The letter also said Webb disagreed with Ceppos. Webb was reassigned to the newspaper’s Cupertino bureau, two hours from his home. He quit the paper, where he had worked since 1988, in 1997. His 1998 book “Dark Alliance: The CIA, the Contras and the Crack Cocaine Explosion” detailed his reporting of the series and the backlash it engendered. (“Messenger,” opening Friday, is based in part on that book.)
A 1998 CIA inspector general’s report denied any acknowledged CIA ties to specific drug-world figures highlighted in Webb’s series. But it also confirmed the larger brush strokes of Webb’s reporting by finding the CIA had continued to work with certain contras despite drug-dealing allegations.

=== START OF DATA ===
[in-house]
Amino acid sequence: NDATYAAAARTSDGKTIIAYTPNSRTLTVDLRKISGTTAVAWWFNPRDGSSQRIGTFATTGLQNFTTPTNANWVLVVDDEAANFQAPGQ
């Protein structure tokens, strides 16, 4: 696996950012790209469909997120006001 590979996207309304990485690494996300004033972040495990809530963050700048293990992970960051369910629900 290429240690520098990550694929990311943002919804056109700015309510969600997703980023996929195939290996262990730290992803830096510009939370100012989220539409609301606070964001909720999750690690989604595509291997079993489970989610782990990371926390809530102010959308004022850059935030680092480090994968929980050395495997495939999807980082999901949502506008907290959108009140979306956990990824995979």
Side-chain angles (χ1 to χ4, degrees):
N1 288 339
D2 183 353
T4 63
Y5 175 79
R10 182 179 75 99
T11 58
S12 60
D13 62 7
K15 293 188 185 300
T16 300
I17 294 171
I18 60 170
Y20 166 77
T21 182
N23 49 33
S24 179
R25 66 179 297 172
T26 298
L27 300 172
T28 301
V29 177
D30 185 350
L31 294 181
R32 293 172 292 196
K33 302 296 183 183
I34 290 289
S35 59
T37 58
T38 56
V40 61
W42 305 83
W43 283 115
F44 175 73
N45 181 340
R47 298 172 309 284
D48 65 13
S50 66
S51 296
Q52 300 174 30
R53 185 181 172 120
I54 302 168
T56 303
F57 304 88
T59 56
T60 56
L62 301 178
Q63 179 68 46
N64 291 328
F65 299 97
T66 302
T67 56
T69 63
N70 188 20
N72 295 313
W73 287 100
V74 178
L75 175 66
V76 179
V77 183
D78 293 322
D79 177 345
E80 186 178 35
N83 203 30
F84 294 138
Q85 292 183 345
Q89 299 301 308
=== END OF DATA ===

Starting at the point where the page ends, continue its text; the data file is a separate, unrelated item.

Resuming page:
The report ultimately did little to save Webb’s standing as an investigative journalist. He committed suicide in 2004, at age 49, at his Carmichael home, after what his family says was a struggle with depression.
“Messenger” stars two-time Oscar nominee and Modesto native Renner and was directed by Michael Cuesta, former executive producer of the Showtime CIA drama “Homeland.” It’s a political thriller that casts Webb as David vs. a government-and-media Goliath and might help restore Webb’s reputation. At least that was the intent of Webb’s ex-wife, Sue Stokes (played by Rosemarie DeWitt in the film), when she first spoke with screenwriter Peter Landesman several years ago.